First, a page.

3. Somewhere in the middle of this excellent Planet Money interview with Emi Nakamura (transcript), she compares macroeconomics to Neurath’s boat, though she doesn’t use that phrasing herself. She explains that the global economy has changed so much and so fundamentally over time that, though macroeconomists have learnt a great deal about the hazards of navigating it, they are constantly needing to ‘rebuild their ship’ to brave the changing seas, without the luxury of ever calling in at a port to assess everything and design a new boat from scratch. She is an incredibly impressive interviewee (as well as researcher), despite the annoying framing of the interview (macro is fake blah blah blah; I’m not sure any microeconomists should be calling any other disciplines fake right now). She explains quite patiently how little data we have to answer such important questions, and how we make improvements, but are constantly chasing a moving target. It’s very good. (Also, Planet Money’s econ summer school has started again: follow it here.)
  4. Dani Rodrik in Project Syndicate (paywalled, register for free) on the limits of technological innovation as a strategy for welfare improvements. His argument is simple but compelling: a great deal of welfare improvements will come from less advanced firms becoming more advanced within the universe of known technologies. Too little of policy focuses on this relative to expanding the universe of known technologies.
  5. Alex Tabarrok covers an excellent new paper that argues that the effects of pollution on birthweight are likely overstated by the microeconomic literature; it is hard to reconcile the ‘causal’ estimates with the real-world data on how birthweight varies with pollution across cities with varying levels of pollution. It is very much worth reading both the original paper and Alex’s excellent commentary.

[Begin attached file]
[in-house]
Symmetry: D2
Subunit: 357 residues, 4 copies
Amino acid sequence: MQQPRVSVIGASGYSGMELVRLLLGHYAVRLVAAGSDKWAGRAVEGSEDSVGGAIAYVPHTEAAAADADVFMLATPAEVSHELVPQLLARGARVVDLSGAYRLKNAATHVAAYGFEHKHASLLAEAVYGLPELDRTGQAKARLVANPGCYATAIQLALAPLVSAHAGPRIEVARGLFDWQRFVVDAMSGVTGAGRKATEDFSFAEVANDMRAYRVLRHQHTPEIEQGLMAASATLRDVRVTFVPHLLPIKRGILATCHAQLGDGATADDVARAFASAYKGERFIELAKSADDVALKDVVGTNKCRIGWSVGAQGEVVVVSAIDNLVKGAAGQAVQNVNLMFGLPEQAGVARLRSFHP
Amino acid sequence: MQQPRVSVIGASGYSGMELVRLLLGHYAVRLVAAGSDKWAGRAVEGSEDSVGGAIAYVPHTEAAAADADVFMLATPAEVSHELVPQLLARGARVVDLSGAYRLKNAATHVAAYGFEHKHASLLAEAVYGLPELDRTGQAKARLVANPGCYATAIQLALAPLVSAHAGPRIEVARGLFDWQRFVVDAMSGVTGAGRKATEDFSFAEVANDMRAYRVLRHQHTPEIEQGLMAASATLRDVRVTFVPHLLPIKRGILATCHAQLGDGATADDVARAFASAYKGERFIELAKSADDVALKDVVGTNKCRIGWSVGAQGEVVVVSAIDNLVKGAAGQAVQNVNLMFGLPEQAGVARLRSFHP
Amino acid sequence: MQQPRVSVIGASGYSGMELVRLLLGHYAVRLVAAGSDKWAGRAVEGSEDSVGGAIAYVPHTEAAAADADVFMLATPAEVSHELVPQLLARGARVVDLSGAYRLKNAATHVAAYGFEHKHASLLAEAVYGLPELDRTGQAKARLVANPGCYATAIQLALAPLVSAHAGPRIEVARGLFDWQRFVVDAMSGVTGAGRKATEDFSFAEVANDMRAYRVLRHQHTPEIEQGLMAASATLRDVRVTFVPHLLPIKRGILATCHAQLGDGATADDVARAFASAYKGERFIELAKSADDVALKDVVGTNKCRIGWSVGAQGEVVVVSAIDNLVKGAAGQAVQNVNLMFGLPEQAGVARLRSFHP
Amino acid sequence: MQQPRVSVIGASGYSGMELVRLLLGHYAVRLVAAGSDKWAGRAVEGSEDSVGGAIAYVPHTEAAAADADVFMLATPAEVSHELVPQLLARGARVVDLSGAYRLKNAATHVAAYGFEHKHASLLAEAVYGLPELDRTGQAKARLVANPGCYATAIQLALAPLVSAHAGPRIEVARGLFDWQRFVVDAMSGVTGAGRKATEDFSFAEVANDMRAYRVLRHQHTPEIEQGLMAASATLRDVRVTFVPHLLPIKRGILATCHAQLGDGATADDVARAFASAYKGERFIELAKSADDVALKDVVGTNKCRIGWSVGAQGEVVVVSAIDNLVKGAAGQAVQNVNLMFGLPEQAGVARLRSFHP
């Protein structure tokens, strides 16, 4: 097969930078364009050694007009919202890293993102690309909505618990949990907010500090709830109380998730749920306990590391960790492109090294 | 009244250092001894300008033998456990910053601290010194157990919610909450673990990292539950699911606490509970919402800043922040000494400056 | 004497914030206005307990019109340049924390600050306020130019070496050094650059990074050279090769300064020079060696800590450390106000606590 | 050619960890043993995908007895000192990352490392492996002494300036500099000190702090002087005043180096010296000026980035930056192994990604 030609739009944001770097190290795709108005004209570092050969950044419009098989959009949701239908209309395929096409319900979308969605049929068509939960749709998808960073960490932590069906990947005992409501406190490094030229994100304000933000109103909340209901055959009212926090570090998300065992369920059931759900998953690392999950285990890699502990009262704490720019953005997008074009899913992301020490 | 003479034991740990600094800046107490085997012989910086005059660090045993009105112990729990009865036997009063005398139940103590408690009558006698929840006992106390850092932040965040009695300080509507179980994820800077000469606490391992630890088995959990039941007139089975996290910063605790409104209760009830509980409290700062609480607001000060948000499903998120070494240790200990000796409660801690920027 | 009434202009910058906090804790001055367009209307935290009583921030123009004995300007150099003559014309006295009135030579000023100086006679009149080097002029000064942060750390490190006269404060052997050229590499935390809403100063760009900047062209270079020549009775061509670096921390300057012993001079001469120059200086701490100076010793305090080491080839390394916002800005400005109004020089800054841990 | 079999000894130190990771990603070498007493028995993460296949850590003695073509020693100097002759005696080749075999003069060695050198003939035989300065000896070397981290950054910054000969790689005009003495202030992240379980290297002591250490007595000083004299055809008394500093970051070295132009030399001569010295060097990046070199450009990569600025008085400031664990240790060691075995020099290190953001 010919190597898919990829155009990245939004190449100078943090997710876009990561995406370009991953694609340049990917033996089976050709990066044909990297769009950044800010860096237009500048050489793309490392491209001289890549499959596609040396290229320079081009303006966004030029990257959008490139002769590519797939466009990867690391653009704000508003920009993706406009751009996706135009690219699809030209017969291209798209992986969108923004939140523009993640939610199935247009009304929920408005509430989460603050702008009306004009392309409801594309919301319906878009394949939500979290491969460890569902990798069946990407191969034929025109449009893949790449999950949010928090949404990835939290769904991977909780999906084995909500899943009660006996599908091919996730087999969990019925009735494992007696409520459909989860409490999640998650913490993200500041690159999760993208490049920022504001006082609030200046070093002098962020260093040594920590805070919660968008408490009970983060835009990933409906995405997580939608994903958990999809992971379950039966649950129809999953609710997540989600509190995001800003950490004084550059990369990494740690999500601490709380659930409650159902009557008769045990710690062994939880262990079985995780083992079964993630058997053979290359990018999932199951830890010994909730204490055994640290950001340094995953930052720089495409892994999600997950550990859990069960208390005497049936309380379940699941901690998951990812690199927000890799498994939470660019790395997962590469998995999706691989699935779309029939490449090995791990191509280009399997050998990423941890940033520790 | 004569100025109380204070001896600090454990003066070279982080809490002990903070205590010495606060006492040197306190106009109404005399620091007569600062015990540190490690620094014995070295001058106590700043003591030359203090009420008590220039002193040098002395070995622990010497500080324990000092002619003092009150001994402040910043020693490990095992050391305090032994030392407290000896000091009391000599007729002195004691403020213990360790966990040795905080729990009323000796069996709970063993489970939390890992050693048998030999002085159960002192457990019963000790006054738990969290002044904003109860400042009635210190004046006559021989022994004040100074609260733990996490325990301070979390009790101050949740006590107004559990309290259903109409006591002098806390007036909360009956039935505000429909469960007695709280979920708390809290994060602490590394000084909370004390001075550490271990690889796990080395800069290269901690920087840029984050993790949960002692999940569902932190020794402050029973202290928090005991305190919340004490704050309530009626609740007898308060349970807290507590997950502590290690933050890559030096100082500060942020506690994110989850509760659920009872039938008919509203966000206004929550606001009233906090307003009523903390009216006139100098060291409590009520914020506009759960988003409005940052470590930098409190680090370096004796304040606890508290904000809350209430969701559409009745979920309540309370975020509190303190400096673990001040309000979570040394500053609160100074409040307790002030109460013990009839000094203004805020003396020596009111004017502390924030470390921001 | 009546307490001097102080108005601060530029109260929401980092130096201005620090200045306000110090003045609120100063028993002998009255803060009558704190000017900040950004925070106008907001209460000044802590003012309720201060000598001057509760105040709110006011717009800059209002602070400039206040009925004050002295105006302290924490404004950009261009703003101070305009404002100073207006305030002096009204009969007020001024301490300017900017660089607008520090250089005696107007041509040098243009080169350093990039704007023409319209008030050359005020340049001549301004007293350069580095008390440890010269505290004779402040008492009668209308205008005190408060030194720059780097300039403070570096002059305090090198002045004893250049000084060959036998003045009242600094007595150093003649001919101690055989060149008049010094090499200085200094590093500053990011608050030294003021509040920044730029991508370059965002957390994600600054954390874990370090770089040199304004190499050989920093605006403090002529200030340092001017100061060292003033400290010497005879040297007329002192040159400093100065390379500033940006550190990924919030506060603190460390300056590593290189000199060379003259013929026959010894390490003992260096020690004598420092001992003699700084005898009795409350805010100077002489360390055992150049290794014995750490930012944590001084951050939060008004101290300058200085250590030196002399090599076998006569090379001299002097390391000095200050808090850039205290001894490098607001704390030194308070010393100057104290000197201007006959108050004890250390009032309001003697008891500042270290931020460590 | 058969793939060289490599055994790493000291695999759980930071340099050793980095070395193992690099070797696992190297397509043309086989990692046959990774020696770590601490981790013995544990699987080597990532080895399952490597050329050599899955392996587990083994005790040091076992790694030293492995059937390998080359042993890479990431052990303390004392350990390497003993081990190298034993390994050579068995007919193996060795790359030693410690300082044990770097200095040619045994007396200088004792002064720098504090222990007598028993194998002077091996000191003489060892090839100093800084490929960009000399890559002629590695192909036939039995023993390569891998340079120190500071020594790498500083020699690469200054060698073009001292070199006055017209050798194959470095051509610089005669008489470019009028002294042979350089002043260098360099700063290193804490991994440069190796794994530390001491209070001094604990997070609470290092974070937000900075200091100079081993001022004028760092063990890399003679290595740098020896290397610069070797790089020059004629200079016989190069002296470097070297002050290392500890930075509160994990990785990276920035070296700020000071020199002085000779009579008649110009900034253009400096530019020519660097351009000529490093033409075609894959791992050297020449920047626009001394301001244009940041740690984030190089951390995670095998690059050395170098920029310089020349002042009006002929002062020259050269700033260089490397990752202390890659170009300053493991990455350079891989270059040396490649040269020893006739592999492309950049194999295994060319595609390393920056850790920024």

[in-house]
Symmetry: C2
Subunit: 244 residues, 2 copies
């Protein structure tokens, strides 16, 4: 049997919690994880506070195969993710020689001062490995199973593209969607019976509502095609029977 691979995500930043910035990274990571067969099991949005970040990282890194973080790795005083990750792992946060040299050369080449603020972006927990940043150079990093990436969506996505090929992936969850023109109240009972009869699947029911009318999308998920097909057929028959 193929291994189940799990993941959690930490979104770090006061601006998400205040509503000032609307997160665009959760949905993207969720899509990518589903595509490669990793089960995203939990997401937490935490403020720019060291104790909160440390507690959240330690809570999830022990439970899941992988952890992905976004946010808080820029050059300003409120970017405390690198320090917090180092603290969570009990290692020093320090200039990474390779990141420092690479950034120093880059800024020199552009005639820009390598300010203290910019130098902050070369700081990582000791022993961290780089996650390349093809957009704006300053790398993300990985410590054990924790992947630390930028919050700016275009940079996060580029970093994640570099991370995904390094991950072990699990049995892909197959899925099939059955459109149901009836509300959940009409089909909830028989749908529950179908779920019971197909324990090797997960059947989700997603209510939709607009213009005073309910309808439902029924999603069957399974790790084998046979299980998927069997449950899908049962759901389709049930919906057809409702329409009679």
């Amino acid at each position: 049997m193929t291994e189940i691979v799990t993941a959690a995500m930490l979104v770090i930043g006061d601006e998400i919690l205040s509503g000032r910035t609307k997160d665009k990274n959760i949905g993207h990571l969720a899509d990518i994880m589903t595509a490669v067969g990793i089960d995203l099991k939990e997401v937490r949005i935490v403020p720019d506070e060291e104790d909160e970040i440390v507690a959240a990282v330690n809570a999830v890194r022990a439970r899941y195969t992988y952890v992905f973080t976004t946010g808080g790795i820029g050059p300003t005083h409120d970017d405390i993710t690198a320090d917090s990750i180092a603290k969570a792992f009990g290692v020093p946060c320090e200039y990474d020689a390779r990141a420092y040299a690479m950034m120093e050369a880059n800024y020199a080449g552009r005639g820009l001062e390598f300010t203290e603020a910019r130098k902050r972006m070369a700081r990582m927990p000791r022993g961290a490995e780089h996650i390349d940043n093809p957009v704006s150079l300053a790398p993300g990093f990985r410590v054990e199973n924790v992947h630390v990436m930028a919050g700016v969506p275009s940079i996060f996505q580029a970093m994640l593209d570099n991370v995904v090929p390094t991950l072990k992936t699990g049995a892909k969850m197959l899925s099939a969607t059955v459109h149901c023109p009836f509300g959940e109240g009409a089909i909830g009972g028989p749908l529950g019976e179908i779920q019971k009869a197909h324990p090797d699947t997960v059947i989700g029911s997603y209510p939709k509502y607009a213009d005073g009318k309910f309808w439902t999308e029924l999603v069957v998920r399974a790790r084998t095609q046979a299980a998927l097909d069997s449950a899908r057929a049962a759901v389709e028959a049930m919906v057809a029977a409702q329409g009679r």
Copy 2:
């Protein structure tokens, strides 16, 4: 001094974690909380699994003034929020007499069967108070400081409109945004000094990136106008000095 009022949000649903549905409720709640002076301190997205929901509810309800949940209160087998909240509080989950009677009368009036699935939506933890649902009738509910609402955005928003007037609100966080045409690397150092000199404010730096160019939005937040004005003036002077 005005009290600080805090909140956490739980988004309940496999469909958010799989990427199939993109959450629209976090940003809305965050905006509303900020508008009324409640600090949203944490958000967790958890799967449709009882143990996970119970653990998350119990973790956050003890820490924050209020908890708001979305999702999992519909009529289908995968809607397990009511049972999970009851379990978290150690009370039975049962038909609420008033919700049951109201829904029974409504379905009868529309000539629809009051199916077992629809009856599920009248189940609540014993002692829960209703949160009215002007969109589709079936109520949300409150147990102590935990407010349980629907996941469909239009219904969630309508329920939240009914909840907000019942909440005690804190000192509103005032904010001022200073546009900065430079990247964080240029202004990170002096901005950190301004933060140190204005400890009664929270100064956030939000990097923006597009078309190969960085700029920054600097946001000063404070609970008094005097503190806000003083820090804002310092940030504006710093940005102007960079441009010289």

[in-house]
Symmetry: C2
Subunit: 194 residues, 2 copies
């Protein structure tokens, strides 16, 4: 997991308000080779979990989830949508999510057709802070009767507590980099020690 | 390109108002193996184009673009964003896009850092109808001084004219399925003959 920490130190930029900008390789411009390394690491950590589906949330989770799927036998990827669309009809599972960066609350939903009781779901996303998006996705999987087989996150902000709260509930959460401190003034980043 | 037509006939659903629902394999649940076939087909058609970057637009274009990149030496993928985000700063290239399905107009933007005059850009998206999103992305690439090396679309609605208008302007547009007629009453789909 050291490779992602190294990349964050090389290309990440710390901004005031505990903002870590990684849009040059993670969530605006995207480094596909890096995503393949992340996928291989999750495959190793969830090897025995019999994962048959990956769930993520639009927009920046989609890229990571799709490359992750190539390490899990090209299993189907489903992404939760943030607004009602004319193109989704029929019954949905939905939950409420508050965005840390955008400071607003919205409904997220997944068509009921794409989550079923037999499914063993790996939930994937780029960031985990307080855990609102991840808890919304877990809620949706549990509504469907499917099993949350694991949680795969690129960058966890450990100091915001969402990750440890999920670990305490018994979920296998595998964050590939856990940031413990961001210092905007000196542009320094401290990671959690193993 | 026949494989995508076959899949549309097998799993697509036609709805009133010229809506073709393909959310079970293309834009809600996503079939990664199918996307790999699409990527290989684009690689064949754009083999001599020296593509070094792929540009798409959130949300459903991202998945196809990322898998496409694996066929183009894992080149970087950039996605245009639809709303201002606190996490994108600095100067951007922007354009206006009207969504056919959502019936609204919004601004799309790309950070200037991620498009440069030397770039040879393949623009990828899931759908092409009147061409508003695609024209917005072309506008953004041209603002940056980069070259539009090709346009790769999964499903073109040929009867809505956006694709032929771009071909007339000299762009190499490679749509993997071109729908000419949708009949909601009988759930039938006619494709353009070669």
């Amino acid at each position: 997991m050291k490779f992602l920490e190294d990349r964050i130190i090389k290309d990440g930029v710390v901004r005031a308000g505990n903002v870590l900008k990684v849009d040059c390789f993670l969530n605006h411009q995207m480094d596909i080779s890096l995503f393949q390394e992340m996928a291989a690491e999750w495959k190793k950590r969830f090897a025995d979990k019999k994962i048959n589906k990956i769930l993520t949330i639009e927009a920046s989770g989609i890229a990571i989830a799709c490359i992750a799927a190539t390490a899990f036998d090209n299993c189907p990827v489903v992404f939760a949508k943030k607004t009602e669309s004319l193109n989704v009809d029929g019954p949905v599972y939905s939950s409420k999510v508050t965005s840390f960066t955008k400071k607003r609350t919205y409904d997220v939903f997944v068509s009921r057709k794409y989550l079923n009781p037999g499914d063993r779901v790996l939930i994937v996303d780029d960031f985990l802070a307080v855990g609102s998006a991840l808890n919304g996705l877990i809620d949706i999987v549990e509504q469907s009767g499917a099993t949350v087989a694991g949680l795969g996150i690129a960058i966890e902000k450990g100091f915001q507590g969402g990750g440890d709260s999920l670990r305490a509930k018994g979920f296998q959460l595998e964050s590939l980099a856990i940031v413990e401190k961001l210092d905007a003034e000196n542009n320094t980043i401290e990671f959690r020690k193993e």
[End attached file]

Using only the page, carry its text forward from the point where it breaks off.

6. I occasionally give lectures which include an intro to international development: what it means, what progress we’ve had and so on. Occasionally I start with a straw poll asking students if they think the world has gotten better or worse for the poor over the last century, and it’s always very striking to me how many people choose ‘worse’. Tim Harford’s latest post takes a rather longer view, but in looking at how much cheaper nails are today than when they were a treasure to be hidden from your enemies, there’s an element of the truth I’m trying to get across by the end of those lectures: there may be much left to do, but it’s a mistake to take for granted just how much better material conditions are today than they were in even the fairly recent past.
  7. Finally: on Monday, University Challenge resumes, and for the first time in my adult life, it will not be presented by Jeremy Paxman, who signed off at the end of his last season (after nearly 30 years!) by simply observing that he was looking forward to watching it with us—a gentle end to a sometimes savage tenure. I’m quite pleased with the choice of Amol Rajan as his replacement, but also anxious: for as long as I’ve been in the UK it’s been one of the most pleasurable half-hours of the week for me (my wife cannot believe that in neither stint at university did I apply to be on; I think she mainly wanted me to go on so I wouldn’t be annoying her by pressing the imaginary buzzer in front of me and barking out answers—many incorrect—each week). If you’re a fan of quiz shows, I can’t recommend it highly enough. And if quiz shows aren’t your thing (though the Venn diagram of people who enjoy reading these links and people who aren’t into obscure facts must be vanishingly small), let me give you nightmares instead: a truly horrifying AI trailer for Heidi.

Have a great weekend, everyone!



CGD blog posts reflect the views of the authors, drawing on prior research and experience in their areas of expertise. CGD is a nonpartisan, independent organization and does not take institutional positions.